A partisan realignment (often just realignment) is a durable shift in a political system's configuration of voters' partisan identifications and political parties' vote shares. Some realignments occur fairly suddenly as a result of a single critical election, while other, secular realignments occur gradually over the course of several election cycles.
Within political science, the concept of partisan realignment stems from two articles published by V.O. Key, Jr. in the Journal of Politics during the 1950s: "A Theory of Critical Elections" (1955) and "Secular Realignment and the Party System" (1959).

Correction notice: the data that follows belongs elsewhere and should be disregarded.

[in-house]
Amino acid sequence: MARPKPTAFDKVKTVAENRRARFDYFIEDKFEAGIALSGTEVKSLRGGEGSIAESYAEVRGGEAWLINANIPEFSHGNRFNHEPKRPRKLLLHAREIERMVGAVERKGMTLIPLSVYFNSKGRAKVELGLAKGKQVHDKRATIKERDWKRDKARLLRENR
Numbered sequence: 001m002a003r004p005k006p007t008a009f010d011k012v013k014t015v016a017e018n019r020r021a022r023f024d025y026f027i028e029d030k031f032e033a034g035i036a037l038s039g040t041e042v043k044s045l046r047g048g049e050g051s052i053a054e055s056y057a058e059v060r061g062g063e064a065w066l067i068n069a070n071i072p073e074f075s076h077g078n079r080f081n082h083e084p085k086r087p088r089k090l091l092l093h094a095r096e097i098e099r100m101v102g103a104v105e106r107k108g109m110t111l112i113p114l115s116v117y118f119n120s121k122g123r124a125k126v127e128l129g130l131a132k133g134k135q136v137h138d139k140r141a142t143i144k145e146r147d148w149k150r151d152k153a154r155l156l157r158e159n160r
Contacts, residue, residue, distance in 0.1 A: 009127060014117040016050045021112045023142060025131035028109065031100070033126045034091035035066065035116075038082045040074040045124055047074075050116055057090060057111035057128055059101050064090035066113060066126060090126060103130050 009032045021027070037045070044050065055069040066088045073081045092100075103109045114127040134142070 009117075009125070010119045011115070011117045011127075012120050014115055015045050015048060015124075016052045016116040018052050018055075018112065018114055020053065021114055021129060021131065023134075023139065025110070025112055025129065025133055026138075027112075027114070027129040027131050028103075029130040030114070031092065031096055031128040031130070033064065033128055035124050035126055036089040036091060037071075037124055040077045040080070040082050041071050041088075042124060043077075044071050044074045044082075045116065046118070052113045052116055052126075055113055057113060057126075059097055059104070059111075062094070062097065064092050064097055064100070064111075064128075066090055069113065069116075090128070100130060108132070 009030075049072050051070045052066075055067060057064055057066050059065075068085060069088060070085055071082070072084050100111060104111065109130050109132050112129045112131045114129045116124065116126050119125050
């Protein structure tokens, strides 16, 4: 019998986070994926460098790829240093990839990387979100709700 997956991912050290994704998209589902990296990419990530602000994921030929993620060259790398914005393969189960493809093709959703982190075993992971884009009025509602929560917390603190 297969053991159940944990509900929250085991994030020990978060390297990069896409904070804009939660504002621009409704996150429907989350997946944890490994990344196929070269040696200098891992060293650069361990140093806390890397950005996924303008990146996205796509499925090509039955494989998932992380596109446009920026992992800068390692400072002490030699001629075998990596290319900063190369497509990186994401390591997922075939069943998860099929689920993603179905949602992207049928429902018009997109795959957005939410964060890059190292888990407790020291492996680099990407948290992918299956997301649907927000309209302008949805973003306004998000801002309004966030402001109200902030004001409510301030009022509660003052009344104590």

Realignment in American politics
The realignment framework has been applied most extensively to the political development of the United States. In fact, while Key's initial identification of the "critical election" category was aimed at understanding democratic political systems in general, his own analysis focused exclusively on American elections.
Controversy and criticism
In recent decades, the realignment framework and its relevance to American politics has been a subject of considerable controversy among political scientists.